On Monday morning in Philadelphia, former NFL tight end Sean Berton made his way to Judge Anita Brody’s office at the United States District Court for the Eastern District of Pennsylvania.
Back in 2011, the 38-year-old, who has been suffering from extreme fatigue, emotional volatility, memory loss, and headaches since his retirement in 2006, was part of one of the first lawsuits against the NFL for its failure to take necessary steps to protect players from long-term brain injuries. Berton’s case soon merged with others to form a class-action lawsuit against the NFL.
In 2015, the two sides agreed to a settlement worth approximately $1 billion over the next 65 years. The deal was finalized at the start of 2017. At least in theory.
But 11 months later, Berton and other injured former NFL players who were part of the suit are starting to realize their fight for justice and accountability is far from over. According to a report by Ken Belson of the New York Times, out of 1,400 claims submitted by retired players so far, only 140 have been approved.
Sheila Dingus, founder of the website Advocacy for Fairness in Sports, says that the settlement process has “devolved into a marathon maze laden with hurdles that appear to obscure any semblance of a finish-line,” as player and their families have been bombarded with denials and additional requirements not cited in the original agreement. Just last week, the claims administrators sent an e-mail to plaintiffs stating that players must have their raw scores from a Concussion Assessment Test in order to substantiate their diagnosis, despite the fact that the CAT is a relatively new assessment tool. Players who were diagnosed years ago do not have raw scores in their records.
That’s why Berton showed up at the courthouse on Monday. He knew Judge Brody was meeting with the NFL’s counsel and Chris Seeger, the lead lawyer for the NFL players, about the status of the settlements, and since he lived in Philadelphia, he hoped to be able to share the concerns of the players. Only when he arrived did he learn it was a closed-door meeting.
“I showed up hoping I could get in there and try to speak up for some of these guys who were going to be put in a very bad position by the actions of this attorney,” Berton told ThinkProgress.
The mounting mistrust between the NFL players and their lawyer
Berton wasn’t necessarily surprised that he wasn’t able to be in the meeting on Monday — after all, he and most former players have felt totally in the dark for years now, thanks primarily to the lack of communication by Seeger.
.@Seanberton44 made his way to Judge Brody's Chambers where the hearing is being held. Seeger, NFL Counsel, Special Masters and the Judge are inside. No one else has been admitted to our knowledge. pic.twitter.com/jlqz8D8ziX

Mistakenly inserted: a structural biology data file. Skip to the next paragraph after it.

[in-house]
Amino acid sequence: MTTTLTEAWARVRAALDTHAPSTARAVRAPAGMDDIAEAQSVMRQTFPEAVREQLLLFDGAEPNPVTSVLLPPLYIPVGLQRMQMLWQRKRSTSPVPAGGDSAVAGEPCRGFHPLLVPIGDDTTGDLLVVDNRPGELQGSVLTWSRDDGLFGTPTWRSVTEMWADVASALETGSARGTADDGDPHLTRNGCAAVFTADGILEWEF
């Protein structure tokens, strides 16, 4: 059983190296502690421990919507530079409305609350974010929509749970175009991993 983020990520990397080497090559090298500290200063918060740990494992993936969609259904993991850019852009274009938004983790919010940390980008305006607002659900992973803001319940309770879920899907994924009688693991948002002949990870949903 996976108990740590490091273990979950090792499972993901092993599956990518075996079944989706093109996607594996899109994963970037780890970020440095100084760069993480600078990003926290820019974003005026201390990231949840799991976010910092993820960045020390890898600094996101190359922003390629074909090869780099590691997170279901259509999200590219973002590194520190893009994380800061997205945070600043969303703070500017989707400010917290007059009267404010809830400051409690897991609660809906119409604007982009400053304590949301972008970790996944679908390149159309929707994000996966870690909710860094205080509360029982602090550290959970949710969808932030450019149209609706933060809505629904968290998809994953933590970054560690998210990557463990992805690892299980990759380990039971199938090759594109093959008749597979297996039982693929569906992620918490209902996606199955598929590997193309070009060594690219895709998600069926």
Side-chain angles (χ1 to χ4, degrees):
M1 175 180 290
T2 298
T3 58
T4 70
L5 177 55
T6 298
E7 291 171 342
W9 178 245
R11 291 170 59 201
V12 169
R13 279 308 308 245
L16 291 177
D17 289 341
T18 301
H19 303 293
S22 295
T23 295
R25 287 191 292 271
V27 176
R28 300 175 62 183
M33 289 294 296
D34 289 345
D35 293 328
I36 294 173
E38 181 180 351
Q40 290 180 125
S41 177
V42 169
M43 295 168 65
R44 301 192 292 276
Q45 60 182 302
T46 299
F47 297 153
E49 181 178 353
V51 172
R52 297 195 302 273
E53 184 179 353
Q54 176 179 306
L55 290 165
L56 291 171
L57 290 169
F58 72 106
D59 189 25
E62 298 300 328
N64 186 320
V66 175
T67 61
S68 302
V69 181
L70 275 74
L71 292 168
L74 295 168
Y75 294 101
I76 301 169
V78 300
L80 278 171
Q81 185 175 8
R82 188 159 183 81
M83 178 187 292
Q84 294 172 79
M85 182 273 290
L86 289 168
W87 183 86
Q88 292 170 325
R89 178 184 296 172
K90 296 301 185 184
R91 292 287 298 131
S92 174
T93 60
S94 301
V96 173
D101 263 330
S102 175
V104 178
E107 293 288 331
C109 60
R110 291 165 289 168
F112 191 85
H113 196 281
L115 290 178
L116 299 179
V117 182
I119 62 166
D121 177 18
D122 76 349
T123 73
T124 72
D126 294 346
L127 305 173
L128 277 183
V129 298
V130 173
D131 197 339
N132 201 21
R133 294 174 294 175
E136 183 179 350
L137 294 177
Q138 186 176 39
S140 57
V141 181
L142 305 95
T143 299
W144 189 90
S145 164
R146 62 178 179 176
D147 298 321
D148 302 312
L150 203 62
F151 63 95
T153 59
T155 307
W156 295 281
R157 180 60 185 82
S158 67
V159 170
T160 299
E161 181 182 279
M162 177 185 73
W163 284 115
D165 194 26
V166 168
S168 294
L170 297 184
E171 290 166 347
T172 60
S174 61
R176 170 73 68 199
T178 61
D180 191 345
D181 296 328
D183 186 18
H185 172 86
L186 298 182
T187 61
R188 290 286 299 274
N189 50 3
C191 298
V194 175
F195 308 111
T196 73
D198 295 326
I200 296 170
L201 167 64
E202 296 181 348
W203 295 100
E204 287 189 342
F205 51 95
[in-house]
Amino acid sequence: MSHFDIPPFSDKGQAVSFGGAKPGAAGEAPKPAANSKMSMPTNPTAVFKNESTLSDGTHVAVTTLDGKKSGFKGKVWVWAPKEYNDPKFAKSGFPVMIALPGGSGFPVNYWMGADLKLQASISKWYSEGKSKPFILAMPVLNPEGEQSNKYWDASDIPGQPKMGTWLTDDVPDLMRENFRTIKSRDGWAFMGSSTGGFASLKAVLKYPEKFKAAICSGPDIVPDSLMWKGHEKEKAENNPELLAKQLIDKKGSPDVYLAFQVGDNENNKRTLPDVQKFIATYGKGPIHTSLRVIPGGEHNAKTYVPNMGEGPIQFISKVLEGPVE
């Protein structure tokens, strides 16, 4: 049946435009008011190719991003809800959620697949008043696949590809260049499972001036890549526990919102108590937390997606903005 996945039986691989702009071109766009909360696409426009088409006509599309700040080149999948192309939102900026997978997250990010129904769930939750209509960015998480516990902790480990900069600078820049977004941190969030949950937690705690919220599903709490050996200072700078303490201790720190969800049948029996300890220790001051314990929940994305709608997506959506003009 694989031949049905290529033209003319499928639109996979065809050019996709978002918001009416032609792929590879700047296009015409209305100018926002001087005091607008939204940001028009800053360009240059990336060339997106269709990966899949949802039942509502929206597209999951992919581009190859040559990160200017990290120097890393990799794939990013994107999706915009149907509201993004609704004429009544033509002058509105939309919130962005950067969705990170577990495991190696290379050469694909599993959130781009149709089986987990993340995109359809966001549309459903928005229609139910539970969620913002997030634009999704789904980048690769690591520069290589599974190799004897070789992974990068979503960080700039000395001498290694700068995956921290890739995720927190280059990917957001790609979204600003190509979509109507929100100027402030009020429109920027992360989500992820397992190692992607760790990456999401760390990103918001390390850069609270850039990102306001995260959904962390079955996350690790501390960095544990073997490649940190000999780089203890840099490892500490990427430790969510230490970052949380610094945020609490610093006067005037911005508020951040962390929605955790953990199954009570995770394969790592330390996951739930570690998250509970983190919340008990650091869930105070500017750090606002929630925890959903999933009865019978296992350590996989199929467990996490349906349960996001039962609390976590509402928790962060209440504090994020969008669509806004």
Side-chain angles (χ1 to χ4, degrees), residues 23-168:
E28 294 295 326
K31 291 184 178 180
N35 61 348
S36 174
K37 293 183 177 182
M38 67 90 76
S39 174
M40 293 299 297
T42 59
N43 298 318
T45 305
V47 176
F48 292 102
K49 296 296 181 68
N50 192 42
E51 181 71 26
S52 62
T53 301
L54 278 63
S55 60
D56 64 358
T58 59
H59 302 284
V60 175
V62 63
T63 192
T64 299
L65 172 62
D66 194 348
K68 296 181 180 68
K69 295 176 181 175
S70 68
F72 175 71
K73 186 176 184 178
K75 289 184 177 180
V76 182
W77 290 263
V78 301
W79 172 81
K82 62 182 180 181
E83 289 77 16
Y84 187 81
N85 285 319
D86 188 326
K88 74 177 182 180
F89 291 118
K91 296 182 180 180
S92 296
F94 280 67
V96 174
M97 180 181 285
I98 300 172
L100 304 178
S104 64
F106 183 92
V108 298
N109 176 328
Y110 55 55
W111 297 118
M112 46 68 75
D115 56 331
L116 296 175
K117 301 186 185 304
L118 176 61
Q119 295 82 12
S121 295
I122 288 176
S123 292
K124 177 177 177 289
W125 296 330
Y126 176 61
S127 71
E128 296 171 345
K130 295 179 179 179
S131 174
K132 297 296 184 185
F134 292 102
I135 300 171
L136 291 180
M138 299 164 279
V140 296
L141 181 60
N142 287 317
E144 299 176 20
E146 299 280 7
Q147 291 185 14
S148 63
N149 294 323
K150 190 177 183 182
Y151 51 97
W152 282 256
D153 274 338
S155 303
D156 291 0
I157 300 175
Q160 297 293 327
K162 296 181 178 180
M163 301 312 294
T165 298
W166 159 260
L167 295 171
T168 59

— Sheilla Dingus (@SheillaDingus) November 13, 2017
After his very public three-year fight for disability benefits from the NFL, Berton connected with Seeger when the lawyer was first starting talks with the NFL over complaints about their mishandling of concussions. He was one of 13 players included in Seeger’s initial lawsuit against the NFL, but soon Berton and the other 12 players realized they were far from Seeger’s focus. Even though he only represented 13 of the 4,000 players suing the league, Seeger became the case’s lead class-action attorney, meaning he represented all plaintiffs in discussions with the NFL. According to Berton and other plaintiffs ThinkProgress spoke with, Seeger has gone through great lengths to operate in the shadows.
The negotiations process became so secretive that Berton found out about the 2015 settlement not through his lawyer, but on the news like everyone else.
“What’s happening is the same thing as taking out lung disease in a tobacco settlement; it doesn’t make any sense except for the NFL fiscally.”
That secrecy — combined with many concessions favorable to the NFL, such as the constant amendments to the settlement and denying payouts for all future diagnoses of CTE — have given many plaintiffs the impression that Seeger doesn’t have their best interests at heart.
“He is a total scumbag,” Berton said. “What’s happening is the same thing as taking out lung disease in a tobacco settlement; it doesn’t make any sense except for the NFL fiscally.”
Criticism of Seeger only mounted this fall when Seeger requested $70 million of the upcoming $114 million disbursement in attorneys fees in the case, leaving the dozens of other law firms involved in the case to split the rest.
Last week, Seeger told the Washington Post that the settlement is on the right track.
“That rate is going to pick up every single day. So it’s working well,” he said. “Is it perfect? No. Is it working as well as I would like? No. I would like more claims approved and things moving along. But you can’t anticipate Day 1 every single thing that’s going to come through.”
Desperate plaintiffs struggle as they wait for claims approval
During congressional hearings about the NFL’s disability process nearly a decade ago, former NFL player Brent Boyd famously testified that the NFL Retirement Board’s tactics are to “delay, deny, and hope we die.” Berton and other plaintiffs ThinkProgress spoke with say the league is turning to the exact same tactics with the concussion settlement.
“Seeger repeatedly says this has nothing to do with disability, yet they’re using the disability playbook almost verbatim,” Dingus said.